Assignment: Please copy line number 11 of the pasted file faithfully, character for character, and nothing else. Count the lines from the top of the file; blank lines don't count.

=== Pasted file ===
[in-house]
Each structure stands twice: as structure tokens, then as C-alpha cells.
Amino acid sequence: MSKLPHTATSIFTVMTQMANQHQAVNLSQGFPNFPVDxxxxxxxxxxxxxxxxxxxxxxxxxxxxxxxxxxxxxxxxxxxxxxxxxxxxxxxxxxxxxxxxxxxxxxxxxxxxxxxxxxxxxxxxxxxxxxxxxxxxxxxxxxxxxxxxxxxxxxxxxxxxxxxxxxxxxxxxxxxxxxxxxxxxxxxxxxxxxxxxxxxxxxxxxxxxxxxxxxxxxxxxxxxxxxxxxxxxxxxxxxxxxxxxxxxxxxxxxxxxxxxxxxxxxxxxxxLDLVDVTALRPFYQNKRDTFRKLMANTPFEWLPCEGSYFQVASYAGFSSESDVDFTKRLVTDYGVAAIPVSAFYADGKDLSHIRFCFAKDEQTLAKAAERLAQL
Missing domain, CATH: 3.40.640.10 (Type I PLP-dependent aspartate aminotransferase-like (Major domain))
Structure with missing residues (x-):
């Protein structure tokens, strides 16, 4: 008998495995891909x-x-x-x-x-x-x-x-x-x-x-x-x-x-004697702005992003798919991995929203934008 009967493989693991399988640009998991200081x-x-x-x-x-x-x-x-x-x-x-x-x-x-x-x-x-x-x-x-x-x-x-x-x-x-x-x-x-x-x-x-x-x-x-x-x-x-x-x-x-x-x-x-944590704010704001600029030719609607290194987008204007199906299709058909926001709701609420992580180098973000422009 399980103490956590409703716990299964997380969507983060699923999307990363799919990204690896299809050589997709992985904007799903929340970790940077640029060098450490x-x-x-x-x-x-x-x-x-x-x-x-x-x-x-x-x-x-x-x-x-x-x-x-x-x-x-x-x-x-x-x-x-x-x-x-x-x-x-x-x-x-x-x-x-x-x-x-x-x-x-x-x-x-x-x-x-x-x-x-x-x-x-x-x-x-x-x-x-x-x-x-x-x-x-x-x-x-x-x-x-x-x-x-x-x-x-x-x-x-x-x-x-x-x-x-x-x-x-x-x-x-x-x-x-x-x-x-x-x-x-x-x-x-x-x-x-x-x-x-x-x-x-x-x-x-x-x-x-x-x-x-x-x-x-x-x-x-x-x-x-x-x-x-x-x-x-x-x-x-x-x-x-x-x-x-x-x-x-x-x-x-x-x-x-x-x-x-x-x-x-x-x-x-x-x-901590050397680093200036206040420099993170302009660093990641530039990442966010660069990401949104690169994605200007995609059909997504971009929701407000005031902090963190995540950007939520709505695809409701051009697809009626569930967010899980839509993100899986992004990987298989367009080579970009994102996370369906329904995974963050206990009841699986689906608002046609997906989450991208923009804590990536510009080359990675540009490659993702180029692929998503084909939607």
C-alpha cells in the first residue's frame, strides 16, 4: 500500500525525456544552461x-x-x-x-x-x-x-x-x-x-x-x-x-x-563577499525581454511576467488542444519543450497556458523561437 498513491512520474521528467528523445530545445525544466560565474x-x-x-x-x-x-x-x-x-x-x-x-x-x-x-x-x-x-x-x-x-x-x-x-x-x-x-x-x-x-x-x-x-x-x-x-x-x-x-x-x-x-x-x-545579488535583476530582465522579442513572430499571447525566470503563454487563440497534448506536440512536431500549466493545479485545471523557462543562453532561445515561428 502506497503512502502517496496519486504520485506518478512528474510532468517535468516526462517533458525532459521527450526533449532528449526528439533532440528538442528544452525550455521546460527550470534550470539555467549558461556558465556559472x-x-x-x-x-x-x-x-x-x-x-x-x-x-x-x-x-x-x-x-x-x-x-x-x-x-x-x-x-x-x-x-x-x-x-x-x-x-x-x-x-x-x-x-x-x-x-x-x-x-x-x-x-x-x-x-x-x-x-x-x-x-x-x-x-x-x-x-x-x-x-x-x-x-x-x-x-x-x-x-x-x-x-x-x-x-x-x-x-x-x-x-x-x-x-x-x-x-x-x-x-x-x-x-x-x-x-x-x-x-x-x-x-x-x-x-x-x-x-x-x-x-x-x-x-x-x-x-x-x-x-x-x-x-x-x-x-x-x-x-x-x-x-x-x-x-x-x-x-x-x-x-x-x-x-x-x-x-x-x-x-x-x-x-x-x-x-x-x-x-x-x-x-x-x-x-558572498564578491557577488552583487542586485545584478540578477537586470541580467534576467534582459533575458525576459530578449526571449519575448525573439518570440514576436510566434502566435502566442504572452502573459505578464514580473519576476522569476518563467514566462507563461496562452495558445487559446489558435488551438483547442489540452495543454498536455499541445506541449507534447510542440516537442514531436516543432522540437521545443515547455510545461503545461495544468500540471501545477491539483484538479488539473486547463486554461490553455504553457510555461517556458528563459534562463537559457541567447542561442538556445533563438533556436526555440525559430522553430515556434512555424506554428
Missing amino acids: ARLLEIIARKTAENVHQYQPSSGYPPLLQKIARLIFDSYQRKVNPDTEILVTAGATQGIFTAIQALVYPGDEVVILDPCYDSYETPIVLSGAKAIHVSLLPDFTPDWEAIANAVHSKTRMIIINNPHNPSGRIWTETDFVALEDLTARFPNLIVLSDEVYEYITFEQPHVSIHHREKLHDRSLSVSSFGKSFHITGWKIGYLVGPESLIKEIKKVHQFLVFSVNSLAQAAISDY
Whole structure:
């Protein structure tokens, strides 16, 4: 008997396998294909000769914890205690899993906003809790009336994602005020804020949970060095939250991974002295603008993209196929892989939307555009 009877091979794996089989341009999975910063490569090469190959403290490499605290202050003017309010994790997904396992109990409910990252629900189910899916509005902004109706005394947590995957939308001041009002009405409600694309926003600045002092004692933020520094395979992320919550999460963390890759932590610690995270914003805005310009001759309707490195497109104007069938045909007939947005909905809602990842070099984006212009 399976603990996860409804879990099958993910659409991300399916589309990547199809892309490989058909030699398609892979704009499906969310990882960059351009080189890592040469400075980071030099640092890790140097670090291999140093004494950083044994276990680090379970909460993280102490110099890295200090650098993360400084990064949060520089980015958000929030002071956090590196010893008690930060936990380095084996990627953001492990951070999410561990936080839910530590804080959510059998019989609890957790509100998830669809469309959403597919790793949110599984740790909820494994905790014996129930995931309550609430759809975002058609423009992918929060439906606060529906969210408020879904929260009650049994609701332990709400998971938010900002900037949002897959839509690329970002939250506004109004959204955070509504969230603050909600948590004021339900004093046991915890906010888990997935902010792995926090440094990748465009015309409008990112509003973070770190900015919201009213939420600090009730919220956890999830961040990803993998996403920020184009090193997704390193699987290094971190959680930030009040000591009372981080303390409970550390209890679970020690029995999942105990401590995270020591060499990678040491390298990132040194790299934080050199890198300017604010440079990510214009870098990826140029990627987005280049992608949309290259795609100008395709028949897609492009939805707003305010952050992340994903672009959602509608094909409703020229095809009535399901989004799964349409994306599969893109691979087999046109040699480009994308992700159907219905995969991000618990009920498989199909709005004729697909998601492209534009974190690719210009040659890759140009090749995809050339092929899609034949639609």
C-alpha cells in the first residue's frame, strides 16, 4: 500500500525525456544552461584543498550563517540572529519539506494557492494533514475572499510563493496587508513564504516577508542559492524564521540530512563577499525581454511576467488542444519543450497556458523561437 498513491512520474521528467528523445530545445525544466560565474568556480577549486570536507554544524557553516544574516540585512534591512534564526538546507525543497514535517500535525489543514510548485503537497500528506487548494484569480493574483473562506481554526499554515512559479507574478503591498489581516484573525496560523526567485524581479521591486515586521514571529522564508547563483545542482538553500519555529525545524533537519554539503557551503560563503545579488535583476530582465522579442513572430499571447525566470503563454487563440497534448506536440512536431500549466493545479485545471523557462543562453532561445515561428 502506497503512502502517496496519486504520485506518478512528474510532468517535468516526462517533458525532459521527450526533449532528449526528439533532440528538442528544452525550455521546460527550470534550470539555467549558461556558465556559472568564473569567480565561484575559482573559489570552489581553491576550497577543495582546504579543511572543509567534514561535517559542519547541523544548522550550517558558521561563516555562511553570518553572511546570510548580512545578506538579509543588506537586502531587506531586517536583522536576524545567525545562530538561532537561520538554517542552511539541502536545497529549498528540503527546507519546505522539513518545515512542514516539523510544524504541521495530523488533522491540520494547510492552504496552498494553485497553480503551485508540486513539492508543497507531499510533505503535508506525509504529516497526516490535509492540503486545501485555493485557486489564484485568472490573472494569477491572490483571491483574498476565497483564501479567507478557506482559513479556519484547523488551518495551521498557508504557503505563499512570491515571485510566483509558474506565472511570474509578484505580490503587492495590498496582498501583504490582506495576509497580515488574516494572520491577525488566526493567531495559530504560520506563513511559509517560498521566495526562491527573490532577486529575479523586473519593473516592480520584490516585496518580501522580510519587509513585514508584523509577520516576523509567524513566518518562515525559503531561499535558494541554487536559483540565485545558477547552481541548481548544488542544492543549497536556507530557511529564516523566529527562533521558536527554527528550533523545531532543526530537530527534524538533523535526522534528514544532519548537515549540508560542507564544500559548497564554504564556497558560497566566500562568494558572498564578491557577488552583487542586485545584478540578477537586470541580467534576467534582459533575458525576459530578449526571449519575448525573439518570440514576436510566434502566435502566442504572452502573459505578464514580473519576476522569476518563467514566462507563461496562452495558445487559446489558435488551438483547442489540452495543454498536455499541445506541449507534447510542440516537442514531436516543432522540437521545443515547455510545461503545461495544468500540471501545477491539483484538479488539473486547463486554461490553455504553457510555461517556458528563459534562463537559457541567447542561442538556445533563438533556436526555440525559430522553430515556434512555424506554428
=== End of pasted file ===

C-alpha cells in the first residue's frame, strides 16, 4: 500500500525525456544552461584543498550563517540572529519539506494557492494533514475572499510563493496587508513564504516577508542559492524564521540530512563577499525581454511576467488542444519543450497556458523561437 498513491512520474521528467528523445530545445525544466560565474568556480577549486570536507554544524557553516544574516540585512534591512534564526538546507525543497514535517500535525489543514510548485503537497500528506487548494484569480493574483473562506481554526499554515512559479507574478503591498489581516484573525496560523526567485524581479521591486515586521514571529522564508547563483545542482538553500519555529525545524533537519554539503557551503560563503545579488535583476530582465522579442513572430499571447525566470503563454487563440497534448506536440512536431500549466493545479485545471523557462543562453532561445515561428 502506497503512502502517496496519486504520485506518478512528474510532468517535468516526462517533458525532459521527450526533449532528449526528439533532440528538442528544452525550455521546460527550470534550470539555467549558461556558465556559472568564473569567480565561484575559482573559489570552489581553491576550497577543495582546504579543511572543509567534514561535517559542519547541523544548522550550517558558521561563516555562511553570518553572511546570510548580512545578506538579509543588506537586502531587506531586517536583522536576524545567525545562530538561532537561520538554517542552511539541502536545497529549498528540503527546507519546505522539513518545515512542514516539523510544524504541521495530523488533522491540520494547510492552504496552498494553485497553480503551485508540486513539492508543497507531499510533505503535508506525509504529516497526516490535509492540503486545501485555493485557486489564484485568472490573472494569477491572490483571491483574498476565497483564501479567507478557506482559513479556519484547523488551518495551521498557508504557503505563499512570491515571485510566483509558474506565472511570474509578484505580490503587492495590498496582498501583504490582506495576509497580515488574516494572520491577525488566526493567531495559530504560520506563513511559509517560498521566495526562491527573490532577486529575479523586473519593473516592480520584490516585496518580501522580510519587509513585514508584523509577520516576523509567524513566518518562515525559503531561499535558494541554487536559483540565485545558477547552481541548481548544488542544492543549497536556507530557511529564516523566529527562533521558536527554527528550533523545531532543526530537530527534524538533523535526522534528514544532519548537515549540508560542507564544500559548497564554504564556497558560497566566500562568494558572498564578491557577488552583487542586485545584478540578477537586470541580467534576467534582459533575458525576459530578449526571449519575448525573439518570440514576436510566434502566435502566442504572452502573459505578464514580473519576476522569476518563467514566462507563461496562452495558445487559446489558435488551438483547442489540452495543454498536455499541445506541449507534447510542440516537442514531436516543432522540437521545443515547455510545461503545461495544468500540471501545477491539483484538479488539473486547463486554461490553455504553457510555461517556458528563459534562463537559457541567447542561442538556445533563438533556436526555440525559430522553430515556434512555424506554428